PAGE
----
Lawyers on both sides have submitted their final briefs in a New Jersey case that may decide whether the U.S. Supreme Court's partial voiding of the Defense of Marriage Act mandates legalizing of same-sex marriage in the state.

Lawrence Lustberg, the attorney representing same-sex couples, told Mercer County Assignment Judge Mary Jacobson that the issue is ripe for summary judgment, arguing "there is no genuine issue of material fact as to whether same- and different-sex couples in new Jersey receive the same rights: they do not." He added that "withholding judgment on their behalf would subject Plaintiffs and, indeed, all same-sex couples in New Jersey to not only real but unnecessary hardship."

Deputy Attorney General Jean Reilly urged Jacobson to hold off, arguing there is no direct evidence as of yet that the plaintiffs have suffered harm and no constitutional authority for the state courts to act.

"The Court should reject Plaintiffs' invitation to mistake their personal preference for constitutional compulsion," she said. "For this Court to hold otherwise and to penalize the Legislature by voiding its enactment on the basis of the vicissitudes of third-party sovereigns over whom the Legislature has no control would be to usurp the legislative prerogative to set policy."

The plaintiffs in Garden State Equality v. Dow are asking Jacobson to grant their motion for summary judgment and declare same-sex marriage legal in New Jersey based on the U.S. Supreme Court's June 26 ruling in U.S. v. Windsor. The court struck down as unconstitutional that portion of the Defense of Marriage Act that denied federal benefits to same-sex married couples in states that have recognized same-sex marriage.

The plaintiffs argue that civil unions are not being recognized by the federal government as marriages and, therefore, they are being denied federal benefits because of the state's unconstitutionally denying them the right to marry.

The administration of Gov. Chris Christie, who has vetoed legislation that would have legalized same-sex marriage, is arguing that civil unions will be recognized as being equal to marriage and that the plaintiffs will not be denied any rights or benefits.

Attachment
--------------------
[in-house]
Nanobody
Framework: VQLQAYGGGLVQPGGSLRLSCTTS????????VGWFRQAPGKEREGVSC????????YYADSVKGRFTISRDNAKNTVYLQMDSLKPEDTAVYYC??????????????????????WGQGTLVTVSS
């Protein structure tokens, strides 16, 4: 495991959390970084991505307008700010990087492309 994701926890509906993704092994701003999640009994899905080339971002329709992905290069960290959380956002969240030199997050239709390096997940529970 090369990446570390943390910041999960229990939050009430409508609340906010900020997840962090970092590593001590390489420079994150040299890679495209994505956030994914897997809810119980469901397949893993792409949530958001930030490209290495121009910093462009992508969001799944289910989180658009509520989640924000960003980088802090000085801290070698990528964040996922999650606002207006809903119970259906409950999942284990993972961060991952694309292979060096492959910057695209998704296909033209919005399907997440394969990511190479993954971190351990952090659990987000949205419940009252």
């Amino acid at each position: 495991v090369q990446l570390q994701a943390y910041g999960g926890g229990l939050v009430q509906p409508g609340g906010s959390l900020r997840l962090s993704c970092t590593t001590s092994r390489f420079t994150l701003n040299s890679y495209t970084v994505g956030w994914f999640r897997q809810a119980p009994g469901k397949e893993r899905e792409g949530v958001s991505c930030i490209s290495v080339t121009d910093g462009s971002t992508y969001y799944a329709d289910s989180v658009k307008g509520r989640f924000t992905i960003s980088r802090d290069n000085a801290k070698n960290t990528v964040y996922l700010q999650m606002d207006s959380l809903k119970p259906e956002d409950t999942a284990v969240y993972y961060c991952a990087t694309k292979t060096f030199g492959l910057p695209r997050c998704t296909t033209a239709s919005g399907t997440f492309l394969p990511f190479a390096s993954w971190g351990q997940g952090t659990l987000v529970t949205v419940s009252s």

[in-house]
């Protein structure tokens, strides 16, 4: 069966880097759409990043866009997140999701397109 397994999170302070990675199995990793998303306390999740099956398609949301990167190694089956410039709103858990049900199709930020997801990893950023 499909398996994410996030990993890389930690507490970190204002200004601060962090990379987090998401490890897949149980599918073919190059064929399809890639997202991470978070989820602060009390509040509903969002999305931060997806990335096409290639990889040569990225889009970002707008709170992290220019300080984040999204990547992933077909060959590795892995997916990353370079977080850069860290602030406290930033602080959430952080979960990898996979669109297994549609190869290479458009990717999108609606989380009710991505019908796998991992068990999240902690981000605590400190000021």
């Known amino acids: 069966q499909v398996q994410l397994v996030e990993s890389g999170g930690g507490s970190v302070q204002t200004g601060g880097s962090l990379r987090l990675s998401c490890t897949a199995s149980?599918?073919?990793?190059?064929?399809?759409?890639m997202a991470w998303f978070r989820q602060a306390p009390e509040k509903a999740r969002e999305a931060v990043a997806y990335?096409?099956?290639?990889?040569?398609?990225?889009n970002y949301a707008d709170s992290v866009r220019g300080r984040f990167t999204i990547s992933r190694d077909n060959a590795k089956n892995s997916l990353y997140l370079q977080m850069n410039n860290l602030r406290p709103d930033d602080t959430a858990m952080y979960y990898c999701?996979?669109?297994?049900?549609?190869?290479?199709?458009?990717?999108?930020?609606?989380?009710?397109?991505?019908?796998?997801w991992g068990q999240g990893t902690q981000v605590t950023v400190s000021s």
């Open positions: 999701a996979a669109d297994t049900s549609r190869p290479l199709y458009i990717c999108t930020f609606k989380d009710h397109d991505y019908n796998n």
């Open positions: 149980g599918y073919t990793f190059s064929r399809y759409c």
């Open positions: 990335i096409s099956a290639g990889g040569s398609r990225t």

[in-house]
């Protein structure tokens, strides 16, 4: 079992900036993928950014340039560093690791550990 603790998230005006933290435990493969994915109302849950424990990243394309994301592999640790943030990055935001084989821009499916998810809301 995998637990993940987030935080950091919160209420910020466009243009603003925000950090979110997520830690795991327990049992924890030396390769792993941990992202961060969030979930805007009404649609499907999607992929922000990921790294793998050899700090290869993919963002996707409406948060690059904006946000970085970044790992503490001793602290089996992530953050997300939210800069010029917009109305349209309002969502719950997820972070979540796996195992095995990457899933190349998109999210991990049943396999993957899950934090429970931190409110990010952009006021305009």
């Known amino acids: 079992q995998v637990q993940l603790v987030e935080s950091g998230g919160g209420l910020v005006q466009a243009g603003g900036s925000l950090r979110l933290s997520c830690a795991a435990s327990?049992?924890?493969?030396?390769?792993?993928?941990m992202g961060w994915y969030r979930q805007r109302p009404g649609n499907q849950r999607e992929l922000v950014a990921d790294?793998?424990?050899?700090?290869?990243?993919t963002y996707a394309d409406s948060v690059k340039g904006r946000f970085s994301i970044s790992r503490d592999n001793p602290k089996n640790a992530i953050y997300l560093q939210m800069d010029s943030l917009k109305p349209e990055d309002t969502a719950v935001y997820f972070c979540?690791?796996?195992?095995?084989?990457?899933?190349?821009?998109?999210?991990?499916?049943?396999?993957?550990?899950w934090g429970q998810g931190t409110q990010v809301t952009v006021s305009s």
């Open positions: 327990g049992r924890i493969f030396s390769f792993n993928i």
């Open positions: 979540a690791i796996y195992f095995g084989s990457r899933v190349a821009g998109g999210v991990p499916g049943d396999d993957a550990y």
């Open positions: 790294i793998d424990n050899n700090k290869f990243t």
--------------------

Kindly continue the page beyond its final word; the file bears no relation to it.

However Jacobson rules, it will be the state Supreme Court that ultimately decides the issue unless the Legislature overrides Christie's veto, which is considered unlikely.

In his brief, Lustberg cites a series of letter opinions from federal agencies ranging from the Office of Personnel Management to the Department of Defense which state that in preparing to enforce the court's ruling in Windsor, civil unions or other forms of domestic partnerships will not be considered as marriages.

Lustberg also challenged the state's argument that the plaintiffs have no standing because no rights under the New Jersey Constitution are being denied to them.

"That desire to be married, and thereby receive economic benefits and other rights and privileges, make Plaintiffs far more than 'total strangers or casual interlopers,'" he said, quoting New Jersey State Chamber of Commerce v. New Jersey Election Law Enforcement Commission, 82 N.J. 57 (1980).

Reilly, in her brief, said any action by the courts would be premature and noted that Congress already has introduced a number of measures that would ensure that civil unions are recognized by the federal government as being equal to marriage. One of those bills, the Federal Benefits Equality Act, HB-2834, is being sponsored by U.S. Rep. Rush Holt, D-NJ.

She also argued that no federal agencies are final as of yet. Any speculation about how an agency would respond to a request for benefits from a partner in a civil union at this point is "sheer conjecture," Reilly said.

"Congress is engaged regarding the extension of federal benefits to civil union partners, and this Court should not outpace the democratic process," she said. •